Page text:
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Game Changer for Data Protection-GDPR
The landmark regulation changed everyone’s mindset on how companies worldwide collect and use the personal data of EU citizens.
FREMONT, CA: It was May 25, 2018, a day of confusion in the offices of numerous enterprises in (and often outside) the EU. The companies had sent out several emails to their clients and consumers in the days leading up to that day, asking for their agreement to receive their newsletters, something they had never actually asked for before. Simultaneously, many firms without committed workers were attempting to determine what kind of data they held about their customers and how to manage and preserve it in the future. The General Data Protection Regulation, or GDPR, went into force on that day, radically altering everyone's perspective on the use of personal data by both EU- and non-EU-based organisations that collect, process, and store EU individuals' data. Consumers in Europe now expect companies to comply with the regulation when users click the "Accept" or "Agree" button on company websites' terms and conditions, and it is also assumed that regulatory bodies will monitor the regulation's implementation.
1. GDPR applies to a wide range of data collected:
• Name, address, and ID number, as well as religious beliefs, political affiliation, racial or ethnic origin, and sexual orientation.
• Data concerning health, such as medical issues, blood tests, COVID-19 immunizations, and so on.
• Geolocation, IP addresses, browser history, phone calls, and messages are all examples of communication.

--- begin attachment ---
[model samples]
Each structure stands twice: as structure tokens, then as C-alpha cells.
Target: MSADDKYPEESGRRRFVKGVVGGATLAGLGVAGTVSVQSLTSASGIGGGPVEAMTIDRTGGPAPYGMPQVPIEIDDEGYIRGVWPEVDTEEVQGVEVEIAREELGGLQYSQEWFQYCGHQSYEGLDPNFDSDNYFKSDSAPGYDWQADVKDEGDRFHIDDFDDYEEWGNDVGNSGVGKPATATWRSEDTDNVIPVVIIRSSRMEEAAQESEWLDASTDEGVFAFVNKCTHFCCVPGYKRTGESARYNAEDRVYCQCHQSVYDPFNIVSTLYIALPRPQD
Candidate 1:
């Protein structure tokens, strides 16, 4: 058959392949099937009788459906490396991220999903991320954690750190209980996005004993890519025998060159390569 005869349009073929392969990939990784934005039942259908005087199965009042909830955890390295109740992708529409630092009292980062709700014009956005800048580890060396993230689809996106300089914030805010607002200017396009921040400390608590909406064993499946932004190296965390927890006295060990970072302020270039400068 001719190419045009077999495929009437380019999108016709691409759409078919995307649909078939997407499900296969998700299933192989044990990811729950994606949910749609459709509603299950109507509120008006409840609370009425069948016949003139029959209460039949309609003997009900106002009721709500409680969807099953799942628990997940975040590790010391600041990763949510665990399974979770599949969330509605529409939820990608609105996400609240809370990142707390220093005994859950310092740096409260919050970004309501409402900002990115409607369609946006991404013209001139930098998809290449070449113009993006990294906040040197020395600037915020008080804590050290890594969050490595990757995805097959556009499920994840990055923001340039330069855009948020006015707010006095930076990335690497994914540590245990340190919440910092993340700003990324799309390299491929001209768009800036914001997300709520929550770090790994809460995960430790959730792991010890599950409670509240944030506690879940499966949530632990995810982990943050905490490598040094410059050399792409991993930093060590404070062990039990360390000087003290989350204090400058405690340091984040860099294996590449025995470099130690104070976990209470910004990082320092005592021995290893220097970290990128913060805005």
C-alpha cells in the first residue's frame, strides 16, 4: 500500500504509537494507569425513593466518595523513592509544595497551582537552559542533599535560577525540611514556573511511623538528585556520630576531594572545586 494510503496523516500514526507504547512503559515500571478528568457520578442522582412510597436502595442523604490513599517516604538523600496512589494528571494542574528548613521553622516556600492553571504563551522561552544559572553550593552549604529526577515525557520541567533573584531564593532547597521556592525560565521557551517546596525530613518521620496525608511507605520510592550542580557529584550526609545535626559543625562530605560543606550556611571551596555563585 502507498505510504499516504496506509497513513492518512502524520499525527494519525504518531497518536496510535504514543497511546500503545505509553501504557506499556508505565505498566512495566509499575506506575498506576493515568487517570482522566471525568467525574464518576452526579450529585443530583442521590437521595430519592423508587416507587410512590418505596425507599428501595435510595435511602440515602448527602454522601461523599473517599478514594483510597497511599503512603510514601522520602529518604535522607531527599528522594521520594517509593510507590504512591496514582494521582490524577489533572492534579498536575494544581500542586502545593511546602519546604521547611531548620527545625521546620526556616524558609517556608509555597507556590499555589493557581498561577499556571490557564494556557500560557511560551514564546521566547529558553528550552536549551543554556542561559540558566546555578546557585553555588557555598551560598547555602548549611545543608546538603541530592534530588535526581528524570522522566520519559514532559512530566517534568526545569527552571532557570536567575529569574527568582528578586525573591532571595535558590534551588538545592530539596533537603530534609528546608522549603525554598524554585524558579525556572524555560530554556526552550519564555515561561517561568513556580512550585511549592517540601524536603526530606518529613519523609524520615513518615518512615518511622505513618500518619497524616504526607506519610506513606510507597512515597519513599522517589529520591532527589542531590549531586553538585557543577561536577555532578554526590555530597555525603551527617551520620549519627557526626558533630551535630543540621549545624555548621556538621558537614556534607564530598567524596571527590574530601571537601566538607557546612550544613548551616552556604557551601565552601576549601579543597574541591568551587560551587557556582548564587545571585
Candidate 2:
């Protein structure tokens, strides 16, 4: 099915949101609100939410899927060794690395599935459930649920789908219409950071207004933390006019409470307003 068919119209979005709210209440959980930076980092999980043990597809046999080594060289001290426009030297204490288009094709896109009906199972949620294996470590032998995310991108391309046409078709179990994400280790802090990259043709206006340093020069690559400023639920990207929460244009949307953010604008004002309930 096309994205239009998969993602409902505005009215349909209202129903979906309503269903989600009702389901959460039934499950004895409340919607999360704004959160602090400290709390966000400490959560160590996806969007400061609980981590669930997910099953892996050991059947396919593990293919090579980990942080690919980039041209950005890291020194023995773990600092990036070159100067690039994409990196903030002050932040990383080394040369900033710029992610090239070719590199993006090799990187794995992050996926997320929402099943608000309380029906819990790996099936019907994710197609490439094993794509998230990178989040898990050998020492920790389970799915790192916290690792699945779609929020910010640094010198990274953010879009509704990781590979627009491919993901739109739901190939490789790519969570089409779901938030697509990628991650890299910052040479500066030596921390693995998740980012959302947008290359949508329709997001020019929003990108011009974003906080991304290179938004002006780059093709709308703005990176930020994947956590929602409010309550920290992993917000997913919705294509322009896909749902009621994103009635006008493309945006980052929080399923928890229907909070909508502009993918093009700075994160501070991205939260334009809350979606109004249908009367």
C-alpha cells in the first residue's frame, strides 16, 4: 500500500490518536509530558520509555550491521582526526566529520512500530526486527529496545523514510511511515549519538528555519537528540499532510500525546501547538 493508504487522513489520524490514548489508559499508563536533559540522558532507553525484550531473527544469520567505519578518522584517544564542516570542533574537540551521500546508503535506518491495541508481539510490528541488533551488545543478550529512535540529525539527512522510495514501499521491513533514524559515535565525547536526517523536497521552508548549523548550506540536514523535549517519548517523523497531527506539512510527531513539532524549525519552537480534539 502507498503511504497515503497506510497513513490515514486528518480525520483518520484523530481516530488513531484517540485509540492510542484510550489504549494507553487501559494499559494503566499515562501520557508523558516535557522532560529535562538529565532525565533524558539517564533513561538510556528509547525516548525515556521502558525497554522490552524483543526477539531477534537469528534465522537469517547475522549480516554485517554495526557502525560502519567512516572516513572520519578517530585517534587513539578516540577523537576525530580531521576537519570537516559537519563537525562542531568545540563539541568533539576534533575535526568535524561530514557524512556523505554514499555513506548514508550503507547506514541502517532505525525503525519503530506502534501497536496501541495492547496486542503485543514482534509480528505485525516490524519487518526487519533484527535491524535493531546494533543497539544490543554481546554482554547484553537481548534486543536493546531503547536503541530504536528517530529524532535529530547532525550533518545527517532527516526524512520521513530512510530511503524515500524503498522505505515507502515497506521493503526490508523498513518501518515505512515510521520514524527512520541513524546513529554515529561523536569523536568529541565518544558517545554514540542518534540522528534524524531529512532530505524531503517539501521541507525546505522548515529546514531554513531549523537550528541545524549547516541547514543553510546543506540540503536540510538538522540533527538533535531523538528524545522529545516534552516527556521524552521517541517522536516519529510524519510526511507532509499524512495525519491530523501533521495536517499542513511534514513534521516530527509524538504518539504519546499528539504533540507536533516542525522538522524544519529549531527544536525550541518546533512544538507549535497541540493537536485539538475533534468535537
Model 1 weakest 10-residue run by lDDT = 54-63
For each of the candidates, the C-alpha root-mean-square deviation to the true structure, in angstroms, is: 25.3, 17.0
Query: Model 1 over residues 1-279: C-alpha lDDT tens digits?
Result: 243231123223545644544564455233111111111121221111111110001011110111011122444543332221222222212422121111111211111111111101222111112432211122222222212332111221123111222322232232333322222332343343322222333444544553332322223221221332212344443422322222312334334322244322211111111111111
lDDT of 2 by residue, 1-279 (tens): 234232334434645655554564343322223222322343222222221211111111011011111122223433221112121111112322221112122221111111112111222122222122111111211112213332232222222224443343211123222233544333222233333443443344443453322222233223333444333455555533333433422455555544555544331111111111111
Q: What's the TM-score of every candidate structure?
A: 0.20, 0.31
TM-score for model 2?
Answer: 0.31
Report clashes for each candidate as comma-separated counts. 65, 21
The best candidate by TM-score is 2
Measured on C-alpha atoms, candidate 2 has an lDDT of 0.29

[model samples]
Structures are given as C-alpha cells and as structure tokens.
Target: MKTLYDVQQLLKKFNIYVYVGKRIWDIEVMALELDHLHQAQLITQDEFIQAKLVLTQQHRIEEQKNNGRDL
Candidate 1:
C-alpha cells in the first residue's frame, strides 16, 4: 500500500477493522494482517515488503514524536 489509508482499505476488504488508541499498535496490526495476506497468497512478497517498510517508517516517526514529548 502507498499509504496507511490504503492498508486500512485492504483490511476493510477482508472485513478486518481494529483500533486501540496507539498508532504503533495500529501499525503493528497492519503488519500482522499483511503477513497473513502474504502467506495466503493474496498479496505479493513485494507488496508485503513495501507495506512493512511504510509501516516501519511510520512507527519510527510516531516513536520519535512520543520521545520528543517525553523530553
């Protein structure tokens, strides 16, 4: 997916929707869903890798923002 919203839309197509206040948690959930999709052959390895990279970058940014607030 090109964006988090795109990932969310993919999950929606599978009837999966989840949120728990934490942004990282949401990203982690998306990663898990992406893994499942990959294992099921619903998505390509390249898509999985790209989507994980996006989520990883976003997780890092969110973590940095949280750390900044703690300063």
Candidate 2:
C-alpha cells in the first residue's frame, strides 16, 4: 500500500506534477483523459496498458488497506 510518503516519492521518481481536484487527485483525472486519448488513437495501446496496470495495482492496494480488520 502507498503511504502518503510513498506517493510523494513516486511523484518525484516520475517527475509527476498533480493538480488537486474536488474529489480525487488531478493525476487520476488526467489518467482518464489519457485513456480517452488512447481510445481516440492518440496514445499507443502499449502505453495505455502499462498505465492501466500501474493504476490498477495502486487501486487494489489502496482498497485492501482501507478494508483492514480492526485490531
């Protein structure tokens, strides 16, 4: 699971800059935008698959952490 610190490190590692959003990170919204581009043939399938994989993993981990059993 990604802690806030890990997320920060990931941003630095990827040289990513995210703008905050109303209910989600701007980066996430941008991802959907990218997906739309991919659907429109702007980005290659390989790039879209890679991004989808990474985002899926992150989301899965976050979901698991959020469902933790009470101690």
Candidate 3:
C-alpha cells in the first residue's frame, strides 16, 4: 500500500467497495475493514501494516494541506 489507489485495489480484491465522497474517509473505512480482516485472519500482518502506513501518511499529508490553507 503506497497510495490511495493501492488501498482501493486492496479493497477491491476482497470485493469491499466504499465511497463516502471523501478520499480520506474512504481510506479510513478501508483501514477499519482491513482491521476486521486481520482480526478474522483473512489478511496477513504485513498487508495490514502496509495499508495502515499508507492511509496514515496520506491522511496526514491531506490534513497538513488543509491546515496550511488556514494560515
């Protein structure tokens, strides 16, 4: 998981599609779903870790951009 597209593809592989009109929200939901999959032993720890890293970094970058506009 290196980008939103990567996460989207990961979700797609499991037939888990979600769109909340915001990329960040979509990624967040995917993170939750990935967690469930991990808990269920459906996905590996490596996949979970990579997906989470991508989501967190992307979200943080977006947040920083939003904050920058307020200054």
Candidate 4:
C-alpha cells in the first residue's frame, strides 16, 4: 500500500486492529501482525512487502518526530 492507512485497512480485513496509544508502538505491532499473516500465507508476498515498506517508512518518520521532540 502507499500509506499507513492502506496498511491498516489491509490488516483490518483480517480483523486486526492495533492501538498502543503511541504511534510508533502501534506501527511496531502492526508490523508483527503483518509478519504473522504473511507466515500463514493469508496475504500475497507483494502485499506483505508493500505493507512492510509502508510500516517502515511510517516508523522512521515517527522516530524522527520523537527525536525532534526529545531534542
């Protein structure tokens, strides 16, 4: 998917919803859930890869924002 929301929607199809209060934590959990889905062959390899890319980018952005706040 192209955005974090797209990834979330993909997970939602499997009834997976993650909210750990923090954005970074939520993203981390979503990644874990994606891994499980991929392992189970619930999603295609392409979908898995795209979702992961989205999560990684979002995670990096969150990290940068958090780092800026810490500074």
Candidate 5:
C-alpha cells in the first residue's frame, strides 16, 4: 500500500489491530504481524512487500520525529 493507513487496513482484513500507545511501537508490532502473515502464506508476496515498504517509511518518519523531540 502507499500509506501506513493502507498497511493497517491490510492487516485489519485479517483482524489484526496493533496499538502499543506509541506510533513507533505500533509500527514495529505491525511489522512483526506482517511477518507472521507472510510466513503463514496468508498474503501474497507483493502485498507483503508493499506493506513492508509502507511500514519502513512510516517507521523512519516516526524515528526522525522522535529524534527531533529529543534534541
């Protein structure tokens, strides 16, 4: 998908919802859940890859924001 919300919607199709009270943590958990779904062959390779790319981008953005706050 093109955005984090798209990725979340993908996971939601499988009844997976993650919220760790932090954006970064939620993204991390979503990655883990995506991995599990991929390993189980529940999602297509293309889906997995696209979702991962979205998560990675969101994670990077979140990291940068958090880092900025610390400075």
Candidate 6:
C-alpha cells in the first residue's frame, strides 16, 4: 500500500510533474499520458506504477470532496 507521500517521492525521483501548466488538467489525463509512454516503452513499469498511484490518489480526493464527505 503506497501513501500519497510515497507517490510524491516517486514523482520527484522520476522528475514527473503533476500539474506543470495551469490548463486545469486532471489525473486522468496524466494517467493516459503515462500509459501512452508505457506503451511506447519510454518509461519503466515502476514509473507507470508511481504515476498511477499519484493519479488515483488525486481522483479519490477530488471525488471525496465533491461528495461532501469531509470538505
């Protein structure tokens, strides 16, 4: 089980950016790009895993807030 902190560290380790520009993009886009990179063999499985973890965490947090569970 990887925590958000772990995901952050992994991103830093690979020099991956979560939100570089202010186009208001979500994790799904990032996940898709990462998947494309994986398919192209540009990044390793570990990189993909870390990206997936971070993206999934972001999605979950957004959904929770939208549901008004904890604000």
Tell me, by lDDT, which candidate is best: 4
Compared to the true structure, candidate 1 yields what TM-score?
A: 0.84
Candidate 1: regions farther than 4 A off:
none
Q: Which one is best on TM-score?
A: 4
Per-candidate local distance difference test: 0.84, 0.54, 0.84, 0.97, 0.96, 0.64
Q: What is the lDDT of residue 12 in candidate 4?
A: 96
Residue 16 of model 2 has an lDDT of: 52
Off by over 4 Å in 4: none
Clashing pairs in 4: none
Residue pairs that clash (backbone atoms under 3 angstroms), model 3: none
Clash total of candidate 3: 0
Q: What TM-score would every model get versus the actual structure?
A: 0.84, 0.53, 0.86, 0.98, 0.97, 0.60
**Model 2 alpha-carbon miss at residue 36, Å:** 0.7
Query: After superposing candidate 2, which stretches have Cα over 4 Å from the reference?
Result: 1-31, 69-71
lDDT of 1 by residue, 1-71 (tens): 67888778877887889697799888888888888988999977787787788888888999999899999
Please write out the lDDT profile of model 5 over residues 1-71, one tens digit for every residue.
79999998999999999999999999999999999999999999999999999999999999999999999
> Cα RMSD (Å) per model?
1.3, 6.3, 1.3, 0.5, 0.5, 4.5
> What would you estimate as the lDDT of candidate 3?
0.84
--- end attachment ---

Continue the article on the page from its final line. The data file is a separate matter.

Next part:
• Other information, such as bank account numbers, purchasing information, and app usage.
2. Companies must adhere to the following rights of citizens:
• The right to know whether and how data is being collected and used, as well as how long it will be kept and shared. The material must be presented straightforwardly and understandably.
• The right to inspect all data processed by a corporation, as well as the reason for its collection or the source from which it was obtained.
• If any piece of data is incomplete or incorrect, citizens have the right to have it corrected.
• The right to be forgotten can be exercised at any time if someone withdraws one‘s consent for a corporation to retain data, if the data is no longer required, or if it was processed improperly.
• As an alternative to data erasure, the right to restrict processing. Users can simply ask that their information not be used for certain purposes. For example, agreement to use data for content personalization in a streaming platform is permissible, but not in marketing activities.
• The right to object to future data processing.
3. It has a worldwide impact.
One may think that this legislation just affects enterprises based in the EU, but its implications are considerably broader. GDPR applies to all enterprises that provide products or services in the EU or process the personal data of any EU citizen. Similarly, data from EU nationals can only be exported to (and used by) nations that have identical privacy laws. The EU, being one of the world's three greatest economies, attracts investment from all over the world, making GDPR a minimal standard required to operate in any of the 27 member nations. It's hardly unexpected that data protection regulators throughout the world have been enacting national legislation in an attempt to standardise the set of standards that businesses must follow.
4. If a data breach occurs, it must be notified within 72 hours of discovery.
One of the most significant changes brought about by GDPR was the requirement for businesses to notify a data breach within three days of becoming aware of it. Until today, the United States' toughest deadline for reporting security breaches was 30 days.